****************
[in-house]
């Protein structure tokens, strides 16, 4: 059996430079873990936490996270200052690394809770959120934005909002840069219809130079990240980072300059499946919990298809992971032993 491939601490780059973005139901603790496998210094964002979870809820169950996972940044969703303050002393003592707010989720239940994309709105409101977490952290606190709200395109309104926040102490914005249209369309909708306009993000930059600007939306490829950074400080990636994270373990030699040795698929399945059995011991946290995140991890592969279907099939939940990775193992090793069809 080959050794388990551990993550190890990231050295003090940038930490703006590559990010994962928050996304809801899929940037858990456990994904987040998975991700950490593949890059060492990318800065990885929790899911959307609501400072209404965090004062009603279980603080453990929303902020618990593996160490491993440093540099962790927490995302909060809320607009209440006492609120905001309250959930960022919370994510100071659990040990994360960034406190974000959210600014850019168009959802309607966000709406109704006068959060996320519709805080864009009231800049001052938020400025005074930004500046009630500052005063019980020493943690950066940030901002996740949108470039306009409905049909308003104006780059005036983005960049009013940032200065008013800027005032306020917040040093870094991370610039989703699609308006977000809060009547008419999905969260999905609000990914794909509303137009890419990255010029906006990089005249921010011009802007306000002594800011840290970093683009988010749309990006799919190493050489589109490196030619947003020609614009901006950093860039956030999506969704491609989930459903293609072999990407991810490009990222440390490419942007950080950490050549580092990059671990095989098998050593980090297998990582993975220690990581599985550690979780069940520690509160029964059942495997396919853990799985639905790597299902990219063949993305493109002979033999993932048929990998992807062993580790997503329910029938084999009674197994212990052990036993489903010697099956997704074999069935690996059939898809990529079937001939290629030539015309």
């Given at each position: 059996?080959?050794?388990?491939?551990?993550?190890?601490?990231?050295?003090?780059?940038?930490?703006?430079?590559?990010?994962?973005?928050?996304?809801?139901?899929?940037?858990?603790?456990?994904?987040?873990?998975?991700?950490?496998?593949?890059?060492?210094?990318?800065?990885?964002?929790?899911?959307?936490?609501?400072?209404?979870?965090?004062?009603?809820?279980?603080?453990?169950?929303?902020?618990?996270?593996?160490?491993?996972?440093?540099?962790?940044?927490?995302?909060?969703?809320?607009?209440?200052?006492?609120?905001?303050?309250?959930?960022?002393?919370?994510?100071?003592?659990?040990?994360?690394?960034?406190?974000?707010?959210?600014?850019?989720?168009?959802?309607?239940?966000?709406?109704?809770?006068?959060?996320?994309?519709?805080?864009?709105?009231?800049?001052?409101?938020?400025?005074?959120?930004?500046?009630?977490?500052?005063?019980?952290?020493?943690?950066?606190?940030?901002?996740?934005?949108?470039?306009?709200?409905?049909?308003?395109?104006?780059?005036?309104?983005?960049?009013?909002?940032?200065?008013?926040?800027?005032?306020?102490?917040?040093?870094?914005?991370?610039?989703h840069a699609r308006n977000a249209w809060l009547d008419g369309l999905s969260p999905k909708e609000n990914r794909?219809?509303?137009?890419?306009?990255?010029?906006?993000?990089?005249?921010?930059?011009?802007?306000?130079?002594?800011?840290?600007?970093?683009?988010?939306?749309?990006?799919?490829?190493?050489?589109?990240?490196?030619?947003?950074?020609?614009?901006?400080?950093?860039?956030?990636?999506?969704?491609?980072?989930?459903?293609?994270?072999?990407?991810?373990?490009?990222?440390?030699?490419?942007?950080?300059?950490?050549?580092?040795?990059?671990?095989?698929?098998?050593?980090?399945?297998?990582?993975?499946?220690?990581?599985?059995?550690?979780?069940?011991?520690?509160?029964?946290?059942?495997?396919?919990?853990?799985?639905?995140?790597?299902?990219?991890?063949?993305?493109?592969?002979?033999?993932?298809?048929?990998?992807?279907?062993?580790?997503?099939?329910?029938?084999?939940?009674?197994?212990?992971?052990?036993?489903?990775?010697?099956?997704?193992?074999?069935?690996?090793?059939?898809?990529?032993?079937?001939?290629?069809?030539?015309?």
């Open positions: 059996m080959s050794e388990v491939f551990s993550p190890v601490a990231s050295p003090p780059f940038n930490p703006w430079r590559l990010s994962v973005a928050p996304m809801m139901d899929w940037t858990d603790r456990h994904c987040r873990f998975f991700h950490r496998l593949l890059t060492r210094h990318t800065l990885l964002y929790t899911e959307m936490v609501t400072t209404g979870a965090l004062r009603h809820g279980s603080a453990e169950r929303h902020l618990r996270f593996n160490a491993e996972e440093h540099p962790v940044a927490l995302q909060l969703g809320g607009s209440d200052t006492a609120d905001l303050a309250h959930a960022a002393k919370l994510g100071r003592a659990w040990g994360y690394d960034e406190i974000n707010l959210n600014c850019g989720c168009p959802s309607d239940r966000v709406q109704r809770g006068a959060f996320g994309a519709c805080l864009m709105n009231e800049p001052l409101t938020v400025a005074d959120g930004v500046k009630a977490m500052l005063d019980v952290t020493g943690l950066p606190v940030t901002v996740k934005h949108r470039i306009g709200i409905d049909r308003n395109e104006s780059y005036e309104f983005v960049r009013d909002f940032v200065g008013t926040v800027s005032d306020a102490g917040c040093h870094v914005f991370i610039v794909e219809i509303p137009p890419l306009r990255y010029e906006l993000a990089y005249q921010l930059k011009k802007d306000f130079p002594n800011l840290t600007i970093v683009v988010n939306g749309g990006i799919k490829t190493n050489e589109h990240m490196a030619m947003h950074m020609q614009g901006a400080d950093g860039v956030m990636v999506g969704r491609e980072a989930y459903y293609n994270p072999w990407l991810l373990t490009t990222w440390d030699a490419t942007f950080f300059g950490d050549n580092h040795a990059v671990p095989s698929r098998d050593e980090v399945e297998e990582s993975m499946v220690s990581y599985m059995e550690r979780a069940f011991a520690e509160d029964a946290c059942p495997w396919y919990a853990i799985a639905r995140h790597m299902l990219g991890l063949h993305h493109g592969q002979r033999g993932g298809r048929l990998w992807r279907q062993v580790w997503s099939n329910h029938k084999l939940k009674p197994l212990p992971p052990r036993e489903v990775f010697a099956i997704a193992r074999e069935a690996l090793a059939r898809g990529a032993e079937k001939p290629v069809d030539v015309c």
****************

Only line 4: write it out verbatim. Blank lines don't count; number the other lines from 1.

């Open positions: 059996m080959s050794e388990v491939f551990s993550p190890v601490a990231s050295p003090p780059f940038n930490p703006w430079r590559l990010s994962v973005a928050p996304m809801m139901d899929w940037t858990d603790r456990h994904c987040r873990f998975f991700h950490r496998l593949l890059t060492r210094h990318t800065l990885l964002y929790t899911e959307m936490v609501t400072t209404g979870a965090l004062r009603h809820g279980s603080a453990e169950r929303h902020l618990r996270f593996n160490a491993e996972e440093h540099p962790v940044a927490l995302q909060l969703g809320g607009s209440d200052t006492a609120d905001l303050a309250h959930a960022a002393k919370l994510g100071r003592a659990w040990g994360y690394d960034e406190i974000n707010l959210n600014c850019g989720c168009p959802s309607d239940r966000v709406q109704r809770g006068a959060f996320g994309a519709c805080l864009m709105n009231e800049p001052l409101t938020v400025a005074d959120g930004v500046k009630a977490m500052l005063d019980v952290t020493g943690l950066p606190v940030t901002v996740k934005h949108r470039i306009g709200i409905d049909r308003n395109e104006s780059y005036e309104f983005v960049r009013d909002f940032v200065g008013t926040v800027s005032d306020a102490g917040c040093h870094v914005f991370i610039v794909e219809i509303p137009p890419l306009r990255y010029e906006l993000a990089y005249q921010l930059k011009k802007d306000f130079p002594n800011l840290t600007i970093v683009v988010n939306g749309g990006i799919k490829t190493n050489e589109h990240m490196a030619m947003h950074m020609q614009g901006a400080d950093g860039v956030m990636v999506g969704r491609e980072a989930y459903y293609n994270p072999w990407l991810l373990t490009t990222w440390d030699a490419t942007f950080f300059g950490d050549n580092h040795a990059v671990p095989s698929r098998d050593e980090v399945e297998e990582s993975m499946v220690s990581y599985m059995e550690r979780a069940f011991a520690e509160d029964a946290c059942p495997w396919y919990a853990i799985a639905r995140h790597m299902l990219g991890l063949h993305h493109g592969q002979r033999g993932g298809r048929l990998w992807r279907q062993v580790w997503s099939n329910h029938k084999l939940k009674p197994l212990p992971p052990r036993e489903v990775f010697a099956i997704a193992r074999e069935a690996l090793a059939r898809g990529a032993e079937k001939p290629v069809d030539v015309c």